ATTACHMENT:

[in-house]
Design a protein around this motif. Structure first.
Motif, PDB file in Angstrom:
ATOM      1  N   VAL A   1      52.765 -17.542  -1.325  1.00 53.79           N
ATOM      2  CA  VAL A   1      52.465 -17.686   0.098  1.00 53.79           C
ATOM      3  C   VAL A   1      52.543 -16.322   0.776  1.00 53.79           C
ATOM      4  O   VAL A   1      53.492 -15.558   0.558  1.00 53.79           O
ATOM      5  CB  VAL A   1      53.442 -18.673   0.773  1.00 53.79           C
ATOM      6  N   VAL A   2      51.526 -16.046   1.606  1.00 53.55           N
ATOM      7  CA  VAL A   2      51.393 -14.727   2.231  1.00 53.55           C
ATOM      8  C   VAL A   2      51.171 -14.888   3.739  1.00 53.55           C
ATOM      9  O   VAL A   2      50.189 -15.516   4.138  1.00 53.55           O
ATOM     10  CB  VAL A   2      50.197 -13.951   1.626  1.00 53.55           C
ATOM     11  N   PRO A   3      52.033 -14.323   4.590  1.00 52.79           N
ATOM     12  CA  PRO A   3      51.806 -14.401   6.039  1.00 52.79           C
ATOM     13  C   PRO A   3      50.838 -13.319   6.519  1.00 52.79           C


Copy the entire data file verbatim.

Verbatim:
[in-house]
Design a protein around this motif. Structure first.
Motif, PDB file in Angstrom:
ATOM      1  N   VAL A   1      52.765 -17.542  -1.325  1.00 53.79           N
ATOM      2  CA  VAL A   1      52.465 -17.686   0.098  1.00 53.79           C
ATOM      3  C   VAL A   1      52.543 -16.322   0.776  1.00 53.79           C
ATOM      4  O   VAL A   1      53.492 -15.558   0.558  1.00 53.79           O
ATOM      5  CB  VAL A   1      53.442 -18.673   0.773  1.00 53.79           C
ATOM      6  N   VAL A   2      51.526 -16.046   1.606  1.00 53.55           N
ATOM      7  CA  VAL A   2      51.393 -14.727   2.231  1.00 53.55           C
ATOM      8  C   VAL A   2      51.171 -14.888   3.739  1.00 53.55           C
ATOM      9  O   VAL A   2      50.189 -15.516   4.138  1.00 53.55           O
ATOM     10  CB  VAL A   2      50.197 -13.951   1.626  1.00 53.55           C
ATOM     11  N   PRO A   3      52.033 -14.323   4.590  1.00 52.79           N
ATOM     12  CA  PRO A   3      51.806 -14.401   6.039  1.00 52.79           C
ATOM     13  C   PRO A   3      50.838 -13.319   6.519  1.00 52.79           C